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ERISA Law

Going from Short-Term Disability to Long-Term Disability

July 12, 2020
Updated: May 9, 2022

Short-term disability (STD) insurance provides financial benefits when you become temporarily disabled and cannot work.  This type of insurance typically covers conditions such as temporary injuries, surgery rehabilitation, and pregnancy.  On the other hand, long-term disability (LTD) insurance provides financial benefits if you become disabled and are unable to work for a longer period.

Typically, for short-term disability coverage to begin, you must be unable to work for a certain period—usually one or two weeks.  Short-term disability usually lasts for about three to six months of coverage.  Conversely, long-term disability insurance requires you to be disabled for 90 to 180 days before the benefits begin; after that, benefits can last for a certain number of years or until you reach retirement age.

Short-term disability insurance also provides benefits to cover the waiting period before long-term disability benefits begin.  If you receive the maximum amount of short-term disability benefits allowed under your policy, you may need to transition to long-term disability benefits.

STD and LTD insurance are often offered as part of your employment benefits, but you can also purchase them directly from an insurance company.  You do not need to have both types of disability coverage from the same insurance company, though it may make transitioning between the two easier.

Differences Between STD and LTD Definitions of Disability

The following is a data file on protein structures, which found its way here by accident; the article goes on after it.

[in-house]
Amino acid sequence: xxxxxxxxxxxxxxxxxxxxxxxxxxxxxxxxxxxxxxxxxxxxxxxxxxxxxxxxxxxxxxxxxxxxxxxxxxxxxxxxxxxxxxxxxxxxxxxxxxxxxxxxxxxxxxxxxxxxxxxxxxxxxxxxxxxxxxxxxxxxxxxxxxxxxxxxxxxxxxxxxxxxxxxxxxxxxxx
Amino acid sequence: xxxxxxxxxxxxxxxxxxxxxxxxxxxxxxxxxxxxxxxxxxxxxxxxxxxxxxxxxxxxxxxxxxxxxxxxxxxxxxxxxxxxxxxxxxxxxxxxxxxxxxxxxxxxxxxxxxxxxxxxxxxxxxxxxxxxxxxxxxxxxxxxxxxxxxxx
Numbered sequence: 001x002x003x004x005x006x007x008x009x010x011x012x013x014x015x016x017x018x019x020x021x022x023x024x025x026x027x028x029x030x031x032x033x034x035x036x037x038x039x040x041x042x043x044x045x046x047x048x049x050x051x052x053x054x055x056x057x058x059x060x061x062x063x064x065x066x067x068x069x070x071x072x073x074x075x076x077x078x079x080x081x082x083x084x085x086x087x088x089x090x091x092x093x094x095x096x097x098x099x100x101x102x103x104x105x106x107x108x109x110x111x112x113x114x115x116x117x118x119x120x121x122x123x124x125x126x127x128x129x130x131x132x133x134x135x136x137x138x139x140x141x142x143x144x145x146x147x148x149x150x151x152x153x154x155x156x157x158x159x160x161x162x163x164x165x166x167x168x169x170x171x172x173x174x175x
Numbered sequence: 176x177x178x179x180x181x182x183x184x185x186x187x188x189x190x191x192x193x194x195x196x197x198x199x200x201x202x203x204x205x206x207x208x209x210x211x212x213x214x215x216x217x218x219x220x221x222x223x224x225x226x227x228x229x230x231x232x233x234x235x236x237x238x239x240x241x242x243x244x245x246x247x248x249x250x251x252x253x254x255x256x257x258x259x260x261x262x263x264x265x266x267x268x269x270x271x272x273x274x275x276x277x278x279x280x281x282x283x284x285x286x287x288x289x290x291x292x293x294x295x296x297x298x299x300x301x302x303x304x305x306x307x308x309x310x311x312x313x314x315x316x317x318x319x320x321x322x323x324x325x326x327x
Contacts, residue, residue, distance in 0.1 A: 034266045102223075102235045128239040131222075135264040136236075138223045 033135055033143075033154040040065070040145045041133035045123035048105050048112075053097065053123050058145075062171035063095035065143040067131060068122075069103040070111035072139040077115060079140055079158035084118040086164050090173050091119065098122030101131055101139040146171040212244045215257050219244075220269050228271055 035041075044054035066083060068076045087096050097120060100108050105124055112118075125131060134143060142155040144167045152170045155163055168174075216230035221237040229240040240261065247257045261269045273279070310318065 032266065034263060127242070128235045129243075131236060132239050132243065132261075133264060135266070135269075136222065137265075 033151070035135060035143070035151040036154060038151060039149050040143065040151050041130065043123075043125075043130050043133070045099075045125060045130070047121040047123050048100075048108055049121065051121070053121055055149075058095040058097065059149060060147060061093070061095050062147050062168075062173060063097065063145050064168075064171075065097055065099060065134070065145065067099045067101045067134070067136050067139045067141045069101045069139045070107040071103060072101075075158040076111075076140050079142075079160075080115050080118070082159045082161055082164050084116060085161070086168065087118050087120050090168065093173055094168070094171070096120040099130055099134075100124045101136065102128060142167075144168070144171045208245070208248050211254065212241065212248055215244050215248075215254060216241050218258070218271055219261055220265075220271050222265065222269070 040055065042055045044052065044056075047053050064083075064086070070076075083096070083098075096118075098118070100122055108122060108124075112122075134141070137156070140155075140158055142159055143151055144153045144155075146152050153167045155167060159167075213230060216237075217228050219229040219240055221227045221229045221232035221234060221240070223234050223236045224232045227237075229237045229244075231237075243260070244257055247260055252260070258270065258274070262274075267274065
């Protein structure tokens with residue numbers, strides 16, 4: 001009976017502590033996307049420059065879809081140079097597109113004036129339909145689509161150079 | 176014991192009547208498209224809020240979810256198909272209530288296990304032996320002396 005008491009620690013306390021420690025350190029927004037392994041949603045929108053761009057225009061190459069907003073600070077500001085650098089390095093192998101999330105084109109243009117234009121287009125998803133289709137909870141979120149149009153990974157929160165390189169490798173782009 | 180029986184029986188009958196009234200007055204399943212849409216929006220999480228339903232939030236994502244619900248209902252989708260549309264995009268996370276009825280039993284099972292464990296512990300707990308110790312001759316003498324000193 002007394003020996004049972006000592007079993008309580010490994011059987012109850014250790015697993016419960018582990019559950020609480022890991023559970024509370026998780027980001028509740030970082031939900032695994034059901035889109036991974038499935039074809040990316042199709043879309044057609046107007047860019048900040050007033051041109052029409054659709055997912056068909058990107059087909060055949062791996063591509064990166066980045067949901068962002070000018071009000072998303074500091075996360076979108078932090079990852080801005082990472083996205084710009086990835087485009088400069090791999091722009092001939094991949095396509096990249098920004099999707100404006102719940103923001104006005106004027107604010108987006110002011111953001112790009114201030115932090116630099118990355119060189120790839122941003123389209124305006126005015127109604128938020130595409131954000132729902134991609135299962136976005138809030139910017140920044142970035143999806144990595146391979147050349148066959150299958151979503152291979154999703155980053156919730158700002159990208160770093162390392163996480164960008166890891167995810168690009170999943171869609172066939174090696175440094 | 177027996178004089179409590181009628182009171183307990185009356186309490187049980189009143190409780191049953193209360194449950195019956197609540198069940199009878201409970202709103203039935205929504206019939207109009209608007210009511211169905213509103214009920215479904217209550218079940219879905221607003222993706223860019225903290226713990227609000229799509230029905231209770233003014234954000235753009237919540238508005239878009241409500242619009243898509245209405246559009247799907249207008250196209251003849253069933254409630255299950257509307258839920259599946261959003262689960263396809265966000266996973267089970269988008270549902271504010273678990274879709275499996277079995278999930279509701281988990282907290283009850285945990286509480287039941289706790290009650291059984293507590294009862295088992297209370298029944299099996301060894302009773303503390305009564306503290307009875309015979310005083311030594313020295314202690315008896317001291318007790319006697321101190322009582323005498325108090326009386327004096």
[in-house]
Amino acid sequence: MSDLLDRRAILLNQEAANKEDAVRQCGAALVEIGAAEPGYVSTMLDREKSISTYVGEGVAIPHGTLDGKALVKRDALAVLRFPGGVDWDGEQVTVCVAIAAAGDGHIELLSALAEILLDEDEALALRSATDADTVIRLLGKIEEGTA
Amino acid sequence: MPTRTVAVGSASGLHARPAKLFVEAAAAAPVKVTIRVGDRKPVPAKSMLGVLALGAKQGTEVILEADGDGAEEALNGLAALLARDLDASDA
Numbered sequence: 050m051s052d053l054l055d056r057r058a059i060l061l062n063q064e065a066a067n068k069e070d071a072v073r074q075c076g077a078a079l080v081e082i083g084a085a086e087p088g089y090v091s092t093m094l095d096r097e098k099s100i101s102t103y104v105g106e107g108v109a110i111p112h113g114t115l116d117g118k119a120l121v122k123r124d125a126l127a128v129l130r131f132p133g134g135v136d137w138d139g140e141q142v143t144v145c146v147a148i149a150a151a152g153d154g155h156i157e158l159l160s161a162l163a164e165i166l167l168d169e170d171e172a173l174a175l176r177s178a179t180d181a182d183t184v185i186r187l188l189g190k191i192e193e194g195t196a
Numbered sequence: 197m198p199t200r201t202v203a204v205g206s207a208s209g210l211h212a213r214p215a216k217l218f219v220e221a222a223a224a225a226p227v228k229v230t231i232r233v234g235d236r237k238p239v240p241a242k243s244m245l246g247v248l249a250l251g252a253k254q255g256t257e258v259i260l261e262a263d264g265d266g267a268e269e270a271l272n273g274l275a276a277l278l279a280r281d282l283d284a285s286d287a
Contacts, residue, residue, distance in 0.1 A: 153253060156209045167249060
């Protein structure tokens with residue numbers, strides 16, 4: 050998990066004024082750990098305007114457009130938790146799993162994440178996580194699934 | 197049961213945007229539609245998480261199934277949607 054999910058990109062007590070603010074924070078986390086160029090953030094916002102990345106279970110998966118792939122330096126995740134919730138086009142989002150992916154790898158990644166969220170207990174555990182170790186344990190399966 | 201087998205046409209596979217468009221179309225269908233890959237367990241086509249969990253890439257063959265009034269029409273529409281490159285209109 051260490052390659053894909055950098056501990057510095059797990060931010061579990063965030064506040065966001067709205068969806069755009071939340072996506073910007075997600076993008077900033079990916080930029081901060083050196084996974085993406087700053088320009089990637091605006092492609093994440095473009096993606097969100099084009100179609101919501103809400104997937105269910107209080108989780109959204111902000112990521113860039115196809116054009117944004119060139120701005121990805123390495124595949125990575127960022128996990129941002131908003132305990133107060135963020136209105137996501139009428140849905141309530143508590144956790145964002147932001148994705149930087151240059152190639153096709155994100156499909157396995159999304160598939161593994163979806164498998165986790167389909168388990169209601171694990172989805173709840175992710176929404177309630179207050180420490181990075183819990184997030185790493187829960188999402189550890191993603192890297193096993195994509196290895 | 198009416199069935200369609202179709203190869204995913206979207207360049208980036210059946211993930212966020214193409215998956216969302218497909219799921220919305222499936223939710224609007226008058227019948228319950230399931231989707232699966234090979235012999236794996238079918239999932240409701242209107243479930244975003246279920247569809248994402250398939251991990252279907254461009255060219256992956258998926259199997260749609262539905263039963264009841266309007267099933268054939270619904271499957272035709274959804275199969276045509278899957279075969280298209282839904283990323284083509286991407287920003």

Although they provide similar benefits, there are often differences between STD and LTD plans.  The most important difference is the definition of disability that you need to meet under the two policies.  Short-term disability policies usually require you to meet an “own occupation” definition, which means that you must be unable to perform the duties of your specific job.  The definition of disability usually remains the same during your claim.  Moreover, STD policies often require that you receive appropriate treatment during the duration of your disability.

Long-Term Disability Insurance: Definition of Disability

Long-term disability, however, can be either an “own occupation” or an “any occupation” definition of disability.  The “any occupation” definition means that you must be unable to perform the duties of any job whatsoever in order to continue receiving benefits.  Usually, after 24 to 48 months of an “own occupation” definition, LTD policies will transition to the “any occupation” definition.

Limitations in Long-Term Disability Policies

Long-term disability policies are often more restrictive than short-term disability policies.  For example, LTD policies often have restrictions that can limit the types of conditions that may be approved for benefits or limit how long you will receive benefits for certain conditions.

Certain disabilities are covered by your STD policy but not your LTD policy.  For example, if you recently obtained both policies and became disabled due to a condition that existed prior to getting the coverage, your long-term disability most likely will not cover it.  This is because most LTD coverage excludes preexisting conditions.